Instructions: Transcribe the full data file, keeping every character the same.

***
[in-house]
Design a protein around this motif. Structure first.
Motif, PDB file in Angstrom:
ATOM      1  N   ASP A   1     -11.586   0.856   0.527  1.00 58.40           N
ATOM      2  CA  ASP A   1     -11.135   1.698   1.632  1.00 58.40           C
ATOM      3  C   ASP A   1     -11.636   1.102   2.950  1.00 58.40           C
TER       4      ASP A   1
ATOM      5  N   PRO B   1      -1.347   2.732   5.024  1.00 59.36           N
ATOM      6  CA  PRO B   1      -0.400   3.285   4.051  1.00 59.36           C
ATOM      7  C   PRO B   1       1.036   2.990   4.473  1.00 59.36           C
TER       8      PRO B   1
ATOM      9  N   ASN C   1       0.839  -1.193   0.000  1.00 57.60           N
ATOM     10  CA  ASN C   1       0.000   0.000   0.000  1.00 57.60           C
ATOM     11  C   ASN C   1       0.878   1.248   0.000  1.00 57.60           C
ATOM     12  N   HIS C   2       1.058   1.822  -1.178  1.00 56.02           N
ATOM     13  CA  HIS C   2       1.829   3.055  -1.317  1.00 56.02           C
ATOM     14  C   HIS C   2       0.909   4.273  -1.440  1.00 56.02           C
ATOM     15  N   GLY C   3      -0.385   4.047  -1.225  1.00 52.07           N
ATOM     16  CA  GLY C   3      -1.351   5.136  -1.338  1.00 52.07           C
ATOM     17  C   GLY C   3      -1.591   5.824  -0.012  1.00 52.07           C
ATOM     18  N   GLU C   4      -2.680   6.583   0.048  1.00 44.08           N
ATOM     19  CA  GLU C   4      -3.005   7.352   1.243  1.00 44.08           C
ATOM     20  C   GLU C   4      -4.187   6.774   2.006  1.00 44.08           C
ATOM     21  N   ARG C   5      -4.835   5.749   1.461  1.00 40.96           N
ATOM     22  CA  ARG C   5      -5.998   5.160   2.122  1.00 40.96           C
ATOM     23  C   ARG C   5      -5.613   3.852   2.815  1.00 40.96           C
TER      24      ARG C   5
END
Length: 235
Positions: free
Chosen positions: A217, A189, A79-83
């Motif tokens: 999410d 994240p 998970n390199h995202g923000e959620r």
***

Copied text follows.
[in-house]
Design a protein around this motif. Structure first.
Motif, PDB file in Angstrom:
ATOM      1  N   ASP A   1     -11.586   0.856   0.527  1.00 58.40           N
ATOM      2  CA  ASP A   1     -11.135   1.698   1.632  1.00 58.40           C
ATOM      3  C   ASP A   1     -11.636   1.102   2.950  1.00 58.40           C
TER       4      ASP A   1
ATOM      5  N   PRO B   1      -1.347   2.732   5.024  1.00 59.36           N
ATOM      6  CA  PRO B   1      -0.400   3.285   4.051  1.00 59.36           C
ATOM      7  C   PRO B   1       1.036   2.990   4.473  1.00 59.36           C
TER       8      PRO B   1
ATOM      9  N   ASN C   1       0.839  -1.193   0.000  1.00 57.60           N
ATOM     10  CA  ASN C   1       0.000   0.000   0.000  1.00 57.60           C
ATOM     11  C   ASN C   1       0.878   1.248   0.000  1.00 57.60           C
ATOM     12  N   HIS C   2       1.058   1.822  -1.178  1.00 56.02           N
ATOM     13  CA  HIS C   2       1.829   3.055  -1.317  1.00 56.02           C
ATOM     14  C   HIS C   2       0.909   4.273  -1.440  1.00 56.02           C
ATOM     15  N   GLY C   3      -0.385   4.047  -1.225  1.00 52.07           N
ATOM     16  CA  GLY C   3      -1.351   5.136  -1.338  1.00 52.07           C
ATOM     17  C   GLY C   3      -1.591   5.824  -0.012  1.00 52.07           C
ATOM     18  N   GLU C   4      -2.680   6.583   0.048  1.00 44.08           N
ATOM     19  CA  GLU C   4      -3.005   7.352   1.243  1.00 44.08           C
ATOM     20  C   GLU C   4      -4.187   6.774   2.006  1.00 44.08           C
ATOM     21  N   ARG C   5      -4.835   5.749   1.461  1.00 40.96           N
ATOM     22  CA  ARG C   5      -5.998   5.160   2.122  1.00 40.96           C
ATOM     23  C   ARG C   5      -5.613   3.852   2.815  1.00 40.96           C
TER      24      ARG C   5
END
Length: 235
Positions: free
Chosen positions: A217, A189, A79-83
């Motif tokens: 999410d 994240p 998970n390199h995202g923000e959620r």